CAPS RALLY FROM THREE-GOAL DEFICIT BUT BOUNCED IN OVERTIME
The Washington Capitals rallied from a three-goal deficit to force overtime, but once there they were overwhelmed and Nick Bonino scored 6:32 into the extra session to promote the Pittsburgh Penguins to the Eastern Conference Finals against the Tampa Bay Lightning, sending the President’s Trophy winning Caps packing, once again.
It was, perhaps, the most Caps-like way of being eliminated from a playoff series.
Logically, it shouldn’t have gotten to overtime. The Penguins came out focused and flying, dominating the Caps in all facets of the game though the first 38 minutes. Phil Kessel put the Pens up 1-0 in the first, then Brooks Orpik was assessed a double-minor high-sticking penalty, and Kessel and Carl Hagelin made it 3-0, cashing in on both penalties, midway though the second period.
But T.J. Oshie got the Caps on the board with a power play goal with 1:30 left in the second, giving the Caps some hope going into the third. Then Justin Williams added one 7:23 into the third period and suddenly a comeback looked do-able. Then things got weird, as the Penguins were assessed three consecutive delay-of-game penalties, giving the Caps a pair of five-on-three power plays.
They made good on just one, however, with John Carlson’s rocket tying the game at three with 13:01 left in regulation.
Both teams had good opportunities down the stretch, but as they had all series, Braden Holtby and Matt Murray stood tall and kept things deadlocked to force an extra session.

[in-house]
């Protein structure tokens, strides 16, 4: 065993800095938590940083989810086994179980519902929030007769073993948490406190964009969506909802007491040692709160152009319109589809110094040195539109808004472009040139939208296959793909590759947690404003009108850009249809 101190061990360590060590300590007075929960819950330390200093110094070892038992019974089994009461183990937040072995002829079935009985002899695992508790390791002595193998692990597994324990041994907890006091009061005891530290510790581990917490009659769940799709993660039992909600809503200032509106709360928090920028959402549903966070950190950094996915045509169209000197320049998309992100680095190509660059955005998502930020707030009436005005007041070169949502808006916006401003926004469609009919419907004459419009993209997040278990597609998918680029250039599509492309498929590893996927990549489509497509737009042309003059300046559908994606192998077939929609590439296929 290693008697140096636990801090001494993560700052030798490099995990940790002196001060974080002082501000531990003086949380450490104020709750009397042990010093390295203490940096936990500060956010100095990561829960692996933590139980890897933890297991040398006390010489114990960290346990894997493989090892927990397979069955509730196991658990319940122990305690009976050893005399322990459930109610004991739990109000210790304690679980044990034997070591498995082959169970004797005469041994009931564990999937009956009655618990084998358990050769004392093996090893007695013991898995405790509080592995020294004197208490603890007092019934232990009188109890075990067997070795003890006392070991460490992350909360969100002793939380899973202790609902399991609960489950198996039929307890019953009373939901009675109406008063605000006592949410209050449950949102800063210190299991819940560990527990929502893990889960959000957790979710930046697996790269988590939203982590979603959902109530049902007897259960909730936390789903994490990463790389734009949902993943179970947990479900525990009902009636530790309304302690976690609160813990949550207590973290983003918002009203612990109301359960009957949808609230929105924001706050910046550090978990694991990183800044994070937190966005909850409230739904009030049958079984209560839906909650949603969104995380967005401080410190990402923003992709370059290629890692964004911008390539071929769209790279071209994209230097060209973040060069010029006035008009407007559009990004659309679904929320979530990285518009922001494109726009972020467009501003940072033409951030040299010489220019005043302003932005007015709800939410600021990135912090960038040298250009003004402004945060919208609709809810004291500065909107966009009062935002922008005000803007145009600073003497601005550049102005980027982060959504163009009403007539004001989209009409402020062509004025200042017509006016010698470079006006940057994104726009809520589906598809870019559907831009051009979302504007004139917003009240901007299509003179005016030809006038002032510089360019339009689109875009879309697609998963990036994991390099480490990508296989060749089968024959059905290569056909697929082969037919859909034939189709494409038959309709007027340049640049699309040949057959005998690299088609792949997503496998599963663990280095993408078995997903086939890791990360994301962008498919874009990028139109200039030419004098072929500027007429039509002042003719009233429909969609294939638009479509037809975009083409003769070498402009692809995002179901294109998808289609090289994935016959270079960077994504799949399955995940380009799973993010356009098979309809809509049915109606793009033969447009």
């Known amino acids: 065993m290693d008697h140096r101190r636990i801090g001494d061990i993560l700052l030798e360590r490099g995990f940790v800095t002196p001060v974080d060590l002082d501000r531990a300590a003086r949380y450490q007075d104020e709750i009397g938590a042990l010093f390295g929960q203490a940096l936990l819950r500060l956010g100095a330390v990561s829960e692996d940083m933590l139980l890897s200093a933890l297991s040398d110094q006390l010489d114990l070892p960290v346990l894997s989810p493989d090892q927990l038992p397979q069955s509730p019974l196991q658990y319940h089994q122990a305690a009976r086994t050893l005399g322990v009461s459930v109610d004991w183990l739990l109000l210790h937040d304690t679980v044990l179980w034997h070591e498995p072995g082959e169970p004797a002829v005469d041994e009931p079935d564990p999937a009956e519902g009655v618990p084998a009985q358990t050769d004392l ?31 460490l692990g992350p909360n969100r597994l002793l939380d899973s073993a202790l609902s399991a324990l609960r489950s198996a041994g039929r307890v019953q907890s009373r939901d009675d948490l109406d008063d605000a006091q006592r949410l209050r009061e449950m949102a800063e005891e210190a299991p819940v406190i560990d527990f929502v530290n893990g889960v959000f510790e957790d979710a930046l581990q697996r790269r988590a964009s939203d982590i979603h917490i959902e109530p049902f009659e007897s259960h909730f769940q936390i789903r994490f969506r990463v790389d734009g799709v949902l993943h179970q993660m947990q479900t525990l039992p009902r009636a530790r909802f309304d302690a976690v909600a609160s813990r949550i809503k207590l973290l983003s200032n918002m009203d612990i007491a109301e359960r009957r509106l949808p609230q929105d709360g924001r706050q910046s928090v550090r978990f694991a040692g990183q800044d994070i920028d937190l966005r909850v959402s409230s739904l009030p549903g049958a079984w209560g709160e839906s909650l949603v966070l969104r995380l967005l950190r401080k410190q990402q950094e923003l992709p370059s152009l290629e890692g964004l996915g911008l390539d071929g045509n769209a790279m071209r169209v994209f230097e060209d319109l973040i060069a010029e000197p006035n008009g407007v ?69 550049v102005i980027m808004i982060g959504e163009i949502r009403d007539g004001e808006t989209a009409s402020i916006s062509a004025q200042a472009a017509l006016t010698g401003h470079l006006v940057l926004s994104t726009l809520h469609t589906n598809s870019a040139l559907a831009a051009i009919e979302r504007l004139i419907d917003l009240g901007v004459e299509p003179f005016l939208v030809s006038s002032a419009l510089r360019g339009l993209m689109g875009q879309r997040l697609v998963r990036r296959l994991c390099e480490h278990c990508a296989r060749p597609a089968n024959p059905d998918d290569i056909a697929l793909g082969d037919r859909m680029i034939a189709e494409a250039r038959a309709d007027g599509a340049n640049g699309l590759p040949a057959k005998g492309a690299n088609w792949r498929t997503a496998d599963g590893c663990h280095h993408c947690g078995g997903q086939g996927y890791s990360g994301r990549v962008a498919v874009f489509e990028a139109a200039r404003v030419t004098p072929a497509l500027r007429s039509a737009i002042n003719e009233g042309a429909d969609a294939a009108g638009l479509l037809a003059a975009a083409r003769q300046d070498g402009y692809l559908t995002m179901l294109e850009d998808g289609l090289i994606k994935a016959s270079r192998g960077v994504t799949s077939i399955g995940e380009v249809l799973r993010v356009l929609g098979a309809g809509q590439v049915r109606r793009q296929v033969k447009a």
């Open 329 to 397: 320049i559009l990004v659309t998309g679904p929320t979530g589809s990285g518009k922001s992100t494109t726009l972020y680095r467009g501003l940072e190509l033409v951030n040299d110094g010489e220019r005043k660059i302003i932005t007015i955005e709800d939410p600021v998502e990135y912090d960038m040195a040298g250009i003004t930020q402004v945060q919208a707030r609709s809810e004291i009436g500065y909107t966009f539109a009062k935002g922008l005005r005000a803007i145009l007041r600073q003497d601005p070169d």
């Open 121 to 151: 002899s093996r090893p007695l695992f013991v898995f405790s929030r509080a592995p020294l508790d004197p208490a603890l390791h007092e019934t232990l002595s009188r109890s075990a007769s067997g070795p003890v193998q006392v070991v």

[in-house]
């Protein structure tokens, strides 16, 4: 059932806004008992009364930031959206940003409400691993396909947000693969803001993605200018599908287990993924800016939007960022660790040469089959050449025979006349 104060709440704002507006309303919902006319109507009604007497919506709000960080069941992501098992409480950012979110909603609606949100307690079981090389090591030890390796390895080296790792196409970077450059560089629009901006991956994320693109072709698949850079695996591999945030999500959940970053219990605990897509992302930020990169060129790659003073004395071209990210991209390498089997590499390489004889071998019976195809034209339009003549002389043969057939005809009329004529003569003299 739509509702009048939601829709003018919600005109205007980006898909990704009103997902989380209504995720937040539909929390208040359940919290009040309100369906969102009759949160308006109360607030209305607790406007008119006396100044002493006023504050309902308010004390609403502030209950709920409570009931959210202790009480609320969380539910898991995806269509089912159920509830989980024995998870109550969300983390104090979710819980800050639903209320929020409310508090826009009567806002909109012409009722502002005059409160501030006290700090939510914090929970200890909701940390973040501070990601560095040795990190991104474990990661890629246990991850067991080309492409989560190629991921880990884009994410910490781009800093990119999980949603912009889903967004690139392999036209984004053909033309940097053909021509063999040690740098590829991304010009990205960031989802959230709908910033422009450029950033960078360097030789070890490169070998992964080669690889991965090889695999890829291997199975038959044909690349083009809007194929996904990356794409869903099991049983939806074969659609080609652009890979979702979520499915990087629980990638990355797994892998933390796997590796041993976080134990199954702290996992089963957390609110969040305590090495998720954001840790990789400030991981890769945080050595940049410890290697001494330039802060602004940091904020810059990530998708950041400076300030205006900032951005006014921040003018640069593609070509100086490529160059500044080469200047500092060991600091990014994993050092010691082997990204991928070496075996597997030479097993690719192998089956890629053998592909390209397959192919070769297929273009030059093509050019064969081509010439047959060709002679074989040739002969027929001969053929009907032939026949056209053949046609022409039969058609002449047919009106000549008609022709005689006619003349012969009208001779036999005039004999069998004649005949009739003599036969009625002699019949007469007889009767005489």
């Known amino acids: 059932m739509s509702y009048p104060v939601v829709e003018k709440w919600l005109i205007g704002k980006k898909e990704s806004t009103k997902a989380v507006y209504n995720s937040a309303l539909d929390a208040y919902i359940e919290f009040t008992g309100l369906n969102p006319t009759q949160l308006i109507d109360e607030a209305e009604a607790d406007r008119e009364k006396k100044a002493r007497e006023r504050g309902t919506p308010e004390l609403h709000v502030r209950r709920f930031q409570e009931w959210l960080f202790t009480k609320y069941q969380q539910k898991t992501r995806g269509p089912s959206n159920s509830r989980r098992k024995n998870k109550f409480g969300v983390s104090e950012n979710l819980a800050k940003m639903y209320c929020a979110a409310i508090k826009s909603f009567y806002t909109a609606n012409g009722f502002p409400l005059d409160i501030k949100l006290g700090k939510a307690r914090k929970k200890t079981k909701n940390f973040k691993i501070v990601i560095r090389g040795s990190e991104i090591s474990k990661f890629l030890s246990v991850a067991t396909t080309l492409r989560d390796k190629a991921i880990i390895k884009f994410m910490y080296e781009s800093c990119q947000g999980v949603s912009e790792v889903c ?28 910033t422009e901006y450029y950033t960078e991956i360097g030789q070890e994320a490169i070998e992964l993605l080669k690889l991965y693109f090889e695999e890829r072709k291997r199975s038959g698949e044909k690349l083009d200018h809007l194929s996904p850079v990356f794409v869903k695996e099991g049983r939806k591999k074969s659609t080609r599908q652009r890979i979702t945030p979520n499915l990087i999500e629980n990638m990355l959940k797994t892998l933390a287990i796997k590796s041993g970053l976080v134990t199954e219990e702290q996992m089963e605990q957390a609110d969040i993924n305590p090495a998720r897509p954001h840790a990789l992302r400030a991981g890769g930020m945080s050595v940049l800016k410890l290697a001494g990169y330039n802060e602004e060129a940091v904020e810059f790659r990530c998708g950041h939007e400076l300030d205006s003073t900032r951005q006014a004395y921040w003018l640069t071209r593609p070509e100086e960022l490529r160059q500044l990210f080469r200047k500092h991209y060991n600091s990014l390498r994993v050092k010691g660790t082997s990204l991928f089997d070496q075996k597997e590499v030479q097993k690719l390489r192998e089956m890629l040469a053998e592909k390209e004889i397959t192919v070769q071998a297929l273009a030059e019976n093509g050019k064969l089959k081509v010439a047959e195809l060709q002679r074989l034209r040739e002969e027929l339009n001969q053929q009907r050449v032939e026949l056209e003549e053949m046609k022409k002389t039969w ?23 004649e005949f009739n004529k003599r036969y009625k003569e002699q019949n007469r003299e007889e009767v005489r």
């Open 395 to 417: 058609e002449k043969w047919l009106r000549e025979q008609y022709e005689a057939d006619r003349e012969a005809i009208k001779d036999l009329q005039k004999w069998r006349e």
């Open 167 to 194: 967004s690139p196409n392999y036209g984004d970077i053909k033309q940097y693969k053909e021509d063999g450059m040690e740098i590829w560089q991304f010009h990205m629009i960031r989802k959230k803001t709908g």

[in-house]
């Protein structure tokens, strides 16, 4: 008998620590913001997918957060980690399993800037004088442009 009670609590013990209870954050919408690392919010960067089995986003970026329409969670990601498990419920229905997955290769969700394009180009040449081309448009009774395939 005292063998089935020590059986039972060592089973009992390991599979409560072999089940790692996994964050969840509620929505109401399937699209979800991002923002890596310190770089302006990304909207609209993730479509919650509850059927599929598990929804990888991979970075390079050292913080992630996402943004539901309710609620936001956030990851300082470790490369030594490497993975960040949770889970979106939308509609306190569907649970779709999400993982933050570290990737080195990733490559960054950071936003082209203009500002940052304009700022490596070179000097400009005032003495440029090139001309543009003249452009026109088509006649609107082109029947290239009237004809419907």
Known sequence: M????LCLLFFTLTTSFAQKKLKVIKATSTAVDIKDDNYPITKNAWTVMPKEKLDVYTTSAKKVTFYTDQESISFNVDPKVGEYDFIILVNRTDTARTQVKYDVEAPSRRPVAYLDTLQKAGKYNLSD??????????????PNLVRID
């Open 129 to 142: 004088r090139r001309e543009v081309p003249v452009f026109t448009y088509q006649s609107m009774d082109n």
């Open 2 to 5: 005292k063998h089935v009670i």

Unfortunately for the road team, the Penguins came out on fire once again in overtime. A sequence early should have ended it there, but Holtby made several “how did he do that” saves, and Jay Beagle dove to deflect a puck off the goal line, only to prolong the agony.
Bonino’s game winner came off another excellent save by Holtby, a low kick save, but Matt Niskanen was unable to tie up the Pens’ forward and Bonino got just enough of the rebound on the backhand to sneak it past the prone Holtby and into the gaping net.
There are no clever words to describe the disappointment for this Caps team being eliminated in the second round, prolonging the District’s bizarre tenure of being the only city with at least three of the four major sports not advancing a team into a conference finals since the last time the Caps did it in 1998.
This team seemed to be “built the right way.” It rolled four lines all season long, and had legitimate NHL forwards in the press box most nights. Could they use another defenseman? Sure, but who can’t? As they’re constructed, the Caps have a nice blend of youth and experience and should challenge the top of the conference again next season.
That doesn’t help now, though. For now, it’s disappointment, yet again.